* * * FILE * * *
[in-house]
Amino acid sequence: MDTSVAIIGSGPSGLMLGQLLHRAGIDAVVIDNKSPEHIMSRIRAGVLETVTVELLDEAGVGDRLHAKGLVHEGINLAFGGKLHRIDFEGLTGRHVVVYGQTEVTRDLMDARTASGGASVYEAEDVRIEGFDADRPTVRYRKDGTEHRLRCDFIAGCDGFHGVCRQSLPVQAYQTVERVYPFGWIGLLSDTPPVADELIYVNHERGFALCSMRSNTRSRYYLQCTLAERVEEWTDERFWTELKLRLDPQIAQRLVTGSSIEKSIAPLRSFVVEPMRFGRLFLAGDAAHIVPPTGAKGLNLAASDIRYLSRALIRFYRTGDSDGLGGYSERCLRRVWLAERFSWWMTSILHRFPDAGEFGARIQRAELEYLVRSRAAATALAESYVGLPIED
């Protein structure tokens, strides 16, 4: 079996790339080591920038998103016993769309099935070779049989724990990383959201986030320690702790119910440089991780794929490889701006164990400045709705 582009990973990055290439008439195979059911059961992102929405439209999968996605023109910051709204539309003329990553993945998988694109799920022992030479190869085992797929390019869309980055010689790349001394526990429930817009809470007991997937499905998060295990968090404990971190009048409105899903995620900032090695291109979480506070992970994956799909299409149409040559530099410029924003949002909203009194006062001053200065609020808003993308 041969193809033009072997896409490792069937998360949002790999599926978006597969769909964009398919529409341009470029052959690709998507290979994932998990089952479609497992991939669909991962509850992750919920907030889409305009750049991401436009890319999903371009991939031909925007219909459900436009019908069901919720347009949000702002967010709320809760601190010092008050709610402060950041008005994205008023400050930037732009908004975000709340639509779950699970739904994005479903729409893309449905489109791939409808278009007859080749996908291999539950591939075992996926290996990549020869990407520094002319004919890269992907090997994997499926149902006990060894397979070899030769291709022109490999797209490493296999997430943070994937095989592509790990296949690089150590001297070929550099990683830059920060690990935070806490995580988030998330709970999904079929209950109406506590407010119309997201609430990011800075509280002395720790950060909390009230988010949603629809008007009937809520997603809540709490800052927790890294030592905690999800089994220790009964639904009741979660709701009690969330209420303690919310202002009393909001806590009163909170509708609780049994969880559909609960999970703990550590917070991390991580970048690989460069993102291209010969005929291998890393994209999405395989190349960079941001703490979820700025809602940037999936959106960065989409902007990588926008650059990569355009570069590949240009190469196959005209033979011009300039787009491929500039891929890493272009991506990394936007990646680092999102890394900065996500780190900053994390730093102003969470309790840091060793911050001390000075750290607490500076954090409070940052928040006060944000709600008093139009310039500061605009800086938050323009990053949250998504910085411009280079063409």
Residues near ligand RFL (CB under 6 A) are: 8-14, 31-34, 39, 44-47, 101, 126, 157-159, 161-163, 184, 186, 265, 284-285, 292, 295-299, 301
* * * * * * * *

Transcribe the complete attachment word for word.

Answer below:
[in-house]
Amino acid sequence: MDTSVAIIGSGPSGLMLGQLLHRAGIDAVVIDNKSPEHIMSRIRAGVLETVTVELLDEAGVGDRLHAKGLVHEGINLAFGGKLHRIDFEGLTGRHVVVYGQTEVTRDLMDARTASGGASVYEAEDVRIEGFDADRPTVRYRKDGTEHRLRCDFIAGCDGFHGVCRQSLPVQAYQTVERVYPFGWIGLLSDTPPVADELIYVNHERGFALCSMRSNTRSRYYLQCTLAERVEEWTDERFWTELKLRLDPQIAQRLVTGSSIEKSIAPLRSFVVEPMRFGRLFLAGDAAHIVPPTGAKGLNLAASDIRYLSRALIRFYRTGDSDGLGGYSERCLRRVWLAERFSWWMTSILHRFPDAGEFGARIQRAELEYLVRSRAAATALAESYVGLPIED
């Protein structure tokens, strides 16, 4: 079996790339080591920038998103016993769309099935070779049989724990990383959201986030320690702790119910440089991780794929490889701006164990400045709705 582009990973990055290439008439195979059911059961992102929405439209999968996605023109910051709204539309003329990553993945998988694109799920022992030479190869085992797929390019869309980055010689790349001394526990429930817009809470007991997937499905998060295990968090404990971190009048409105899903995620900032090695291109979480506070992970994956799909299409149409040559530099410029924003949002909203009194006062001053200065609020808003993308 041969193809033009072997896409490792069937998360949002790999599926978006597969769909964009398919529409341009470029052959690709998507290979994932998990089952479609497992991939669909991962509850992750919920907030889409305009750049991401436009890319999903371009991939031909925007219909459900436009019908069901919720347009949000702002967010709320809760601190010092008050709610402060950041008005994205008023400050930037732009908004975000709340639509779950699970739904994005479903729409893309449905489109791939409808278009007859080749996908291999539950591939075992996926290996990549020869990407520094002319004919890269992907090997994997499926149902006990060894397979070899030769291709022109490999797209490493296999997430943070994937095989592509790990296949690089150590001297070929550099990683830059920060690990935070806490995580988030998330709970999904079929209950109406506590407010119309997201609430990011800075509280002395720790950060909390009230988010949603629809008007009937809520997603809540709490800052927790890294030592905690999800089994220790009964639904009741979660709701009690969330209420303690919310202002009393909001806590009163909170509708609780049994969880559909609960999970703990550590917070991390991580970048690989460069993102291209010969005929291998890393994209999405395989190349960079941001703490979820700025809602940037999936959106960065989409902007990588926008650059990569355009570069590949240009190469196959005209033979011009300039787009491929500039891929890493272009991506990394936007990646680092999102890394900065996500780190900053994390730093102003969470309790840091060793911050001390000075750290607490500076954090409070940052928040006060944000709600008093139009310039500061605009800086938050323009990053949250998504910085411009280079063409």
Residues near ligand RFL (CB under 6 A) are: 8-14, 31-34, 39, 44-47, 101, 126, 157-159, 161-163, 184, 186, 265, 284-285, 292, 295-299, 301